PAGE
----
More details emerge on Ghosn’s escape from Japan


New reports emerged Monday on how fugitive former Nissan boss Carlos Ghosn jumped bail in Japan, as the country’s justice minister said border controls would be bolstered after the escape.

The 65-year-old executive skipped bail a week ago, fleeing Japan where he was awaiting trial on multiple counts of financial misconduct that he denies.

The details of his escape remain spotty, with Japan saying it is still investigating how he slipped past strict security measures imposed as part of his bail conditions.

The plan is believed to have begun months beforehand, and involved about a dozen people, including a former Green Beret, and over 20 trips to Japan, the Wall Street Journal said, citing a person familiar with the matter. The Journal said the operatives visited at least 10 airports in Japan before settling on Kansai airport.

Citing people involved in the investigation, Nippon Television Network (NTV) and other media said Monday that Ghosn was caught on security camera leaving his Tokyo home by himself around noon on Dec 29. He then went to a nearby hotel. After that, he and two men boarded a bullet train from Tokyo’s Shinagawa Station.

They got off at Shin-Osaka Station, arriving around 7:30 p.m. and took a taxi to a hotel near Kansai Airport, NTV said. The two men — ex-Green Beret Michael Taylor and George Zayek, the latter who had previously worked with Taylor’s security company — left the hotel with two large boxes but Ghosn was not seen leaving the hotel, the Wall Street Journal reported.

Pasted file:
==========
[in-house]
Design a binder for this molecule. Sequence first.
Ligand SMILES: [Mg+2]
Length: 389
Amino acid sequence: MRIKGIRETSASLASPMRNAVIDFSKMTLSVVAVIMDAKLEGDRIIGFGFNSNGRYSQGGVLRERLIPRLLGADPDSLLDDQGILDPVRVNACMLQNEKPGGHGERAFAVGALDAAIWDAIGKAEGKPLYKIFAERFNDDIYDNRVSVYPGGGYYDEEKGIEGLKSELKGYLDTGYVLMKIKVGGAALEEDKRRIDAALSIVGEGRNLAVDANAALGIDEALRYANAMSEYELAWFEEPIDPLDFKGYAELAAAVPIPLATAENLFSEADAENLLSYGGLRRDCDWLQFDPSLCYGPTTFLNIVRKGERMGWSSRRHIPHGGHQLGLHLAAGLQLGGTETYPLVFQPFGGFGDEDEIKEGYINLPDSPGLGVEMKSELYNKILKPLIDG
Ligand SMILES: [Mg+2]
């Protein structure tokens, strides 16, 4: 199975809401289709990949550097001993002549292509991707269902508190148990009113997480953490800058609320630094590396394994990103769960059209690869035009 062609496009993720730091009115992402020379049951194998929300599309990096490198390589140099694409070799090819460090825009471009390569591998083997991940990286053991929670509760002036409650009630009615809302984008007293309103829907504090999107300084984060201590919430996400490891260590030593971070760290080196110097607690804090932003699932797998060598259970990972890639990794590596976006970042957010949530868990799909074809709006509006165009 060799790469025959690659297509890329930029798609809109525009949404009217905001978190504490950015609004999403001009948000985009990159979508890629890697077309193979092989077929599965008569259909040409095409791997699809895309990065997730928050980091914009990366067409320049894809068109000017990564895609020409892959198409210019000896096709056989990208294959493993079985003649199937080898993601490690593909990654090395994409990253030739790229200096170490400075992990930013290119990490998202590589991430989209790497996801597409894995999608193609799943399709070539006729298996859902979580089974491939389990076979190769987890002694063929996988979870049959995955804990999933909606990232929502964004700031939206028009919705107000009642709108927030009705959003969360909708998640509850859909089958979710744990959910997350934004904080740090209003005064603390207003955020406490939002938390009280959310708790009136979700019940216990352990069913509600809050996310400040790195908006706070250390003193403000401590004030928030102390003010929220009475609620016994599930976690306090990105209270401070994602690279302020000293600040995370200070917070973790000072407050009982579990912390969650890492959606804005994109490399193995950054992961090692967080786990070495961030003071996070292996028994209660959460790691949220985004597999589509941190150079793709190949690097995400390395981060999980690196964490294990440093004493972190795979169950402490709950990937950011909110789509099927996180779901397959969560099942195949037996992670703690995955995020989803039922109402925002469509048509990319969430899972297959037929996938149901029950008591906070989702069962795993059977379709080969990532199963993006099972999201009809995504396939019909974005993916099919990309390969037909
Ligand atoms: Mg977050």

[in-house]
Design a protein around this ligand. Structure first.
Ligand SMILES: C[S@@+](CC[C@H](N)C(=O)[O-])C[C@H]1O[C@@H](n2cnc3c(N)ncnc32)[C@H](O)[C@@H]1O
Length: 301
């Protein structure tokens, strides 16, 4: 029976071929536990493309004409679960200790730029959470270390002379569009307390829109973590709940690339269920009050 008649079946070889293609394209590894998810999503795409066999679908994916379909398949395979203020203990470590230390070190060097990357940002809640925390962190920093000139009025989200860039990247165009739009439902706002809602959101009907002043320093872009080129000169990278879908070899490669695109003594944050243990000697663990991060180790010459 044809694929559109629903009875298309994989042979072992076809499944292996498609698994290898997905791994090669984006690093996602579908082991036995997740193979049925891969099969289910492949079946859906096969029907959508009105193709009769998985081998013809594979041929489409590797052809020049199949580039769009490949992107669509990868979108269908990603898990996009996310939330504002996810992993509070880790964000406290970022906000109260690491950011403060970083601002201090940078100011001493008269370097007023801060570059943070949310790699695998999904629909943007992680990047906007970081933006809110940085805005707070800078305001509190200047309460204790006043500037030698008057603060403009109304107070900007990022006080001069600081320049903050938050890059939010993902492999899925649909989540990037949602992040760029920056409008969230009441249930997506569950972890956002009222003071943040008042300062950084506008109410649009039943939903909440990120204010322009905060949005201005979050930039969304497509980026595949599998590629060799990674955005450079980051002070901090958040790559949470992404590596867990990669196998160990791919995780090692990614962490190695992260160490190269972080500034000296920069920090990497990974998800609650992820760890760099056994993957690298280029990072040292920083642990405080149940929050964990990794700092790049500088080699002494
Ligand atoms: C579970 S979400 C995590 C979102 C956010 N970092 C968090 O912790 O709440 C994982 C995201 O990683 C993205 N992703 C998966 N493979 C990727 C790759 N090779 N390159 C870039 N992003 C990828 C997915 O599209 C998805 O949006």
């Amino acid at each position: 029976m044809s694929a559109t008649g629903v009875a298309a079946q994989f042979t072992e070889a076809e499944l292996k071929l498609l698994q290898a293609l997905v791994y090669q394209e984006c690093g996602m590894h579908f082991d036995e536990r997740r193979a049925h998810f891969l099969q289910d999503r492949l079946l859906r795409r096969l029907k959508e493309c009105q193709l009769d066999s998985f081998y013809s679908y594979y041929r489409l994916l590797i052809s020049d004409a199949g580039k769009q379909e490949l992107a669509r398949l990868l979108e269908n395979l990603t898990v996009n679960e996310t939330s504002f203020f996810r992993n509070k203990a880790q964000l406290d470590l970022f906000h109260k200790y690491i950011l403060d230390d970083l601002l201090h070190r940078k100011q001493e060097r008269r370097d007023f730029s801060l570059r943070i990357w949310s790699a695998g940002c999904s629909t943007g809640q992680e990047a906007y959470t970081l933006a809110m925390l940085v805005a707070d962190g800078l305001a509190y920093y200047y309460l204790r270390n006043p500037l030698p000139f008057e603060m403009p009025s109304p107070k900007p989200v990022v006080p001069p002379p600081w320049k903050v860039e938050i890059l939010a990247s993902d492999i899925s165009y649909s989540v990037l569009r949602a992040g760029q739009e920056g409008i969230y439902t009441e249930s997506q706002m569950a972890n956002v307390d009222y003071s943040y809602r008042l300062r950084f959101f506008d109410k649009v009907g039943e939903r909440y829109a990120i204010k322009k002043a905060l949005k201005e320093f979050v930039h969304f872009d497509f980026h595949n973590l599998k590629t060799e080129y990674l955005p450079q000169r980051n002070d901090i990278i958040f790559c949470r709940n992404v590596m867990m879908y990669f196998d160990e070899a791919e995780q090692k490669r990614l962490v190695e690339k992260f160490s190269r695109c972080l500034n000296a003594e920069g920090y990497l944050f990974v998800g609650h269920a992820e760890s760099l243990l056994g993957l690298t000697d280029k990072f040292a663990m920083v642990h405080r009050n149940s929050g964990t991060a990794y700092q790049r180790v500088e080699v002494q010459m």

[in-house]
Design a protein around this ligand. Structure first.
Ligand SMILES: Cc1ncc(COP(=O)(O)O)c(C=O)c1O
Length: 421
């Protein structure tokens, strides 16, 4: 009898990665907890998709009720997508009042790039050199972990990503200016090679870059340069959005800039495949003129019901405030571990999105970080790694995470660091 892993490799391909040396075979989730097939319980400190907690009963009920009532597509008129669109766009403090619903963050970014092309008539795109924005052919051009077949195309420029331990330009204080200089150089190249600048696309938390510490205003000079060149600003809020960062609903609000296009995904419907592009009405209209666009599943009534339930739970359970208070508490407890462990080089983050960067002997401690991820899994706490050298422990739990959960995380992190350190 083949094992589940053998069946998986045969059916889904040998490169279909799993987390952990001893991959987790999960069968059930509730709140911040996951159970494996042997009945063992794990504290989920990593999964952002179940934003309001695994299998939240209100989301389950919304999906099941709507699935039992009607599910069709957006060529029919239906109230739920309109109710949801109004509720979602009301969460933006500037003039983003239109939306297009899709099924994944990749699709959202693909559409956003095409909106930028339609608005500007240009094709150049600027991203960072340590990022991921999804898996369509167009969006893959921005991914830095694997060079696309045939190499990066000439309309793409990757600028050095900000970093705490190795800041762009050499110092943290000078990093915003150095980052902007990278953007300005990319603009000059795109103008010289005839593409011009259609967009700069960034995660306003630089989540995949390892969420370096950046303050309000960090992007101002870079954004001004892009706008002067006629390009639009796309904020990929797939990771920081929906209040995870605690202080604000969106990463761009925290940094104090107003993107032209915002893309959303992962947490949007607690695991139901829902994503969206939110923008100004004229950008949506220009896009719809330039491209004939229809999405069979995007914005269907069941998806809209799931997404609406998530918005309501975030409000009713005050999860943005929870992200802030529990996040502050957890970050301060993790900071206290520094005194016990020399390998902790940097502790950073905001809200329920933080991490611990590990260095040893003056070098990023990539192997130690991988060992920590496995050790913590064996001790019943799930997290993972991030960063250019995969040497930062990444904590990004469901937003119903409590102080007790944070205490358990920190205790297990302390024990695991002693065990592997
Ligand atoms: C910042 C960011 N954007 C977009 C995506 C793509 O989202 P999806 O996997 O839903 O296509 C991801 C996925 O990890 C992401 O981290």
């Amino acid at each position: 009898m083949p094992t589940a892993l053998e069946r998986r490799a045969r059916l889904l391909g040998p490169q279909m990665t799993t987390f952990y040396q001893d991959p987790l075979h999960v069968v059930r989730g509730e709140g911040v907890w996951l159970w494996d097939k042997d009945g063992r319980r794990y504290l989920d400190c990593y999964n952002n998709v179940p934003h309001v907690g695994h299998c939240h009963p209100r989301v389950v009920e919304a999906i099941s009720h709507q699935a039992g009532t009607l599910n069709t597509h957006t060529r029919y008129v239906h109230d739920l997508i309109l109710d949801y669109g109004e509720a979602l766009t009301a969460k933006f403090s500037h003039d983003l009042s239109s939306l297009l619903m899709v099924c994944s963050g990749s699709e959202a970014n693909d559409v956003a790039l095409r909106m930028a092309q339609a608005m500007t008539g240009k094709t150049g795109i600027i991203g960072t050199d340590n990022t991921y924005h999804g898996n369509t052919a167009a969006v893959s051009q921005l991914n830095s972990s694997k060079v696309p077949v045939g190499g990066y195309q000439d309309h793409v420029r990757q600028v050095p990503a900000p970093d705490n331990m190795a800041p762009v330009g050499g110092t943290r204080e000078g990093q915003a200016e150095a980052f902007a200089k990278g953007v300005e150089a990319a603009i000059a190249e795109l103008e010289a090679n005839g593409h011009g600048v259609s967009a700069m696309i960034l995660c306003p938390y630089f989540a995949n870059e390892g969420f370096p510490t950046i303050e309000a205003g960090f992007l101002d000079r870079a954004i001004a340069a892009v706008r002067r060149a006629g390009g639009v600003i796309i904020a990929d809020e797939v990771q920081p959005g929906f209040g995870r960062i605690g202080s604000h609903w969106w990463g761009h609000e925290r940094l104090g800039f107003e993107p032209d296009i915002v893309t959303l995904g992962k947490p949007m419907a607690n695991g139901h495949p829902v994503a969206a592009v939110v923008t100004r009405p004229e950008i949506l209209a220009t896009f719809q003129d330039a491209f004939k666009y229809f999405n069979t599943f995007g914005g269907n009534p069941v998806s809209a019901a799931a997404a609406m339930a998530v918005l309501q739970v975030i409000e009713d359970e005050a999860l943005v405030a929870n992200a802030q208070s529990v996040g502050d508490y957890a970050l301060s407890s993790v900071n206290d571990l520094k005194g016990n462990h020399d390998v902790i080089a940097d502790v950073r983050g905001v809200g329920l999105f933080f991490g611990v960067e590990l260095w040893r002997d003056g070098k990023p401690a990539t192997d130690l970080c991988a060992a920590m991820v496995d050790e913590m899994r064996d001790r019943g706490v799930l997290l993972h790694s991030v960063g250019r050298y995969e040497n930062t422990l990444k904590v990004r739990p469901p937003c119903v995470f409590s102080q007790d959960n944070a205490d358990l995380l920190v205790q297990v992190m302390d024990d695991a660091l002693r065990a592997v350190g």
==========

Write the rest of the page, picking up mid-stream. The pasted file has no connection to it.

The boxes were taken to the airport. The Wall Street Journal said that Ghosn was loaded onto a private plane in one of the large boxes marked for audio equipment, which was later found at the back of the cabin. The newspaper cited unnamed sources close to the investigation in Turkey as saying that holes had been drilled into the bottom of the container to ensure the businessman could breathe.

Japan’s transport ministry told AFP that luggage checks are not mandatory for private jets.

“Operators of private jets decide if luggage checks are necessary or not while airline operators are obliged to conduct security checks under Japan’s aviation law,” a ministry official told AFP.

“The security checks are carried out to prevent danger such as bombs, and to prevent hijacks,” he said, adding such risks are considered less likely for private jets.

At about 10:30 p.m., the plane took off for Istanbul, where Ghosn switched planes and continued to Beirut.

The justice ministry said it did not have records of Ghosn departing Japan.

Ghosn, who has French, Brazilian and Lebanese nationalities, was able to enter Lebanon on a French passport, according to airport documents seen by AFP.

A court in Tokyo had allowed Ghosn to keep a second French passport as he needed one to travel inside Japan, a source close to the matter has told AFP.

Ghosn has said he will give his own account at a hotly awaited press conference in Beirut on Wednesday.


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